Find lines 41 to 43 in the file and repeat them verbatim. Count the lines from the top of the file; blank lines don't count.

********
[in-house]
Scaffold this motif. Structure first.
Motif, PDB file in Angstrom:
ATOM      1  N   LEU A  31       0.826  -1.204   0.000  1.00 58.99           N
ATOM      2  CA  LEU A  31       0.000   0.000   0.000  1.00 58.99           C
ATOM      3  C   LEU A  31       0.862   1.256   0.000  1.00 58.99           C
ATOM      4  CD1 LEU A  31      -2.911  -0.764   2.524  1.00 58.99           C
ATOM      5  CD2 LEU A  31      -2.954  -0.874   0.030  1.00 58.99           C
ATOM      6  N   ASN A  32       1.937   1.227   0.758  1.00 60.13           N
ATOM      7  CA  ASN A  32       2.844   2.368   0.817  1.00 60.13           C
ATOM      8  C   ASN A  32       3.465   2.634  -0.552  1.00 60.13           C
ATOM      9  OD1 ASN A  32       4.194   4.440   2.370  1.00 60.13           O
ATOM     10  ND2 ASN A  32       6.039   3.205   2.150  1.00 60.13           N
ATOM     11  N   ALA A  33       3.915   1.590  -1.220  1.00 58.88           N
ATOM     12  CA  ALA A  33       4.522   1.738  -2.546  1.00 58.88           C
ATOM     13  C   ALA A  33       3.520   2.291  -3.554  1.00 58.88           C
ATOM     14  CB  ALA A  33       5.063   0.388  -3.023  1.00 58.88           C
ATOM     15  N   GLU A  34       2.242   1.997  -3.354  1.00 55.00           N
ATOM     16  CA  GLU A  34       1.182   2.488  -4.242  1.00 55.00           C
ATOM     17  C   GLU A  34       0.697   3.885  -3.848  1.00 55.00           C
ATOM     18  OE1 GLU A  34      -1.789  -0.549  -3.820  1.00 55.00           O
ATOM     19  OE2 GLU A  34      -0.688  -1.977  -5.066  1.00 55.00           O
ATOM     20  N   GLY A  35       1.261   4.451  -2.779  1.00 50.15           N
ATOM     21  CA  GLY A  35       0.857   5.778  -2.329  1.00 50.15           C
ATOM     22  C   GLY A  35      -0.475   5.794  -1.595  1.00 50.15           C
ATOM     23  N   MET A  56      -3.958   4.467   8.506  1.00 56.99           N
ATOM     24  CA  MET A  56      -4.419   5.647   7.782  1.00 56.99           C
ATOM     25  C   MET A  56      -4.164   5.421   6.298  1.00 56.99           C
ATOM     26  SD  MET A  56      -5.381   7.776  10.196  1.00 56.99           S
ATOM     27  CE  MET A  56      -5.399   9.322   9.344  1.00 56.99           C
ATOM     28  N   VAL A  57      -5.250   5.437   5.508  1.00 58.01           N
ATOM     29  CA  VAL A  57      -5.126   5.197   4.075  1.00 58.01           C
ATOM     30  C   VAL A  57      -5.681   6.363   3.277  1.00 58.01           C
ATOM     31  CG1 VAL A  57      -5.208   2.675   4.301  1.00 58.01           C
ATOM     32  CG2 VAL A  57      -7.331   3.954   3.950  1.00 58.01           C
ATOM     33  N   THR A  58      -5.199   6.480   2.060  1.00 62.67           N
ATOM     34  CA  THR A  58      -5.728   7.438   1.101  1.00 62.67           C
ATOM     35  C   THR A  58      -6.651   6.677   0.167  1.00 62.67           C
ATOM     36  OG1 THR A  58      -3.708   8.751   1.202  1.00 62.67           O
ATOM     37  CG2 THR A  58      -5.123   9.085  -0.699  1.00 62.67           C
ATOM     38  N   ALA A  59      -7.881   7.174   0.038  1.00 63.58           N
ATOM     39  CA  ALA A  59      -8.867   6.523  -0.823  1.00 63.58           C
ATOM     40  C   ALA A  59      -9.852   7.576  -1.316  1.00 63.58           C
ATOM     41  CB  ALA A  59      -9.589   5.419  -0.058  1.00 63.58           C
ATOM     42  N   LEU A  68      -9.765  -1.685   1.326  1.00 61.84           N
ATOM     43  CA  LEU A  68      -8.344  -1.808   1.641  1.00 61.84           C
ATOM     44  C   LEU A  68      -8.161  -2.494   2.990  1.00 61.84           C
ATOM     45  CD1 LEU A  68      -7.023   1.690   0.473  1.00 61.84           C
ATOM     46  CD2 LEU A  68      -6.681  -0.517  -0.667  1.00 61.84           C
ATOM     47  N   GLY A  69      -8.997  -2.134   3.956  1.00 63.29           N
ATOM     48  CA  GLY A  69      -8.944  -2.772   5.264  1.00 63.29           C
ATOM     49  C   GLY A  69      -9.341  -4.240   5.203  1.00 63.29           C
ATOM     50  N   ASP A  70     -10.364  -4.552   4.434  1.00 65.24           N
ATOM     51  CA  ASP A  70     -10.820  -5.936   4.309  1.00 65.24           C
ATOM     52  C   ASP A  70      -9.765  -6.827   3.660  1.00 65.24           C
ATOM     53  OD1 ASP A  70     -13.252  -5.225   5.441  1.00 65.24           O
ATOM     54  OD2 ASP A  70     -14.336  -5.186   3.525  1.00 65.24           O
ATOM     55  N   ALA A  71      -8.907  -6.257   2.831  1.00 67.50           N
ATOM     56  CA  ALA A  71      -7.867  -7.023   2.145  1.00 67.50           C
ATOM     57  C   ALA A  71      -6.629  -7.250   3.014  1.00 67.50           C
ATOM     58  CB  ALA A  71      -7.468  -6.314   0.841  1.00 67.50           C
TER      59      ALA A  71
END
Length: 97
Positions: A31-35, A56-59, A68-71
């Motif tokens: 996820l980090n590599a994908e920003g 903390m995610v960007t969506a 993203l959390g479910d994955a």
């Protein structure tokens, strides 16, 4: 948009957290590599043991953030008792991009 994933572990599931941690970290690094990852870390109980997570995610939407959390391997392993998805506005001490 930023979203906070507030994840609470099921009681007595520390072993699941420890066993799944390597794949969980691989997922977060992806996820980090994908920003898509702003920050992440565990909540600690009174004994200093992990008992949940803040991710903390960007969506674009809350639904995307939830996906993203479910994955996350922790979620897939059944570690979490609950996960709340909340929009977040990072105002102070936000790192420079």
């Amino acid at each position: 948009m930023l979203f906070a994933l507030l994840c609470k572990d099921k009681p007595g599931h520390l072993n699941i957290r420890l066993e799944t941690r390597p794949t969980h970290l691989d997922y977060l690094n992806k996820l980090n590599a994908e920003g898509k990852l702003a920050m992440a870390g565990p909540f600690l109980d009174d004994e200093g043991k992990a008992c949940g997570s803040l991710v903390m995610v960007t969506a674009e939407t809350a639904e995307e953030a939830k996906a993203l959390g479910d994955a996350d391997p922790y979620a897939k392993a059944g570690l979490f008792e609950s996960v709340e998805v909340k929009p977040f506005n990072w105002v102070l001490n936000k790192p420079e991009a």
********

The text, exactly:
ATOM     38  N   ALA A  59      -7.881   7.174   0.038  1.00 63.58           N
ATOM     39  CA  ALA A  59      -8.867   6.523  -0.823  1.00 63.58           C
ATOM     40  C   ALA A  59      -9.852   7.576  -1.316  1.00 63.58           C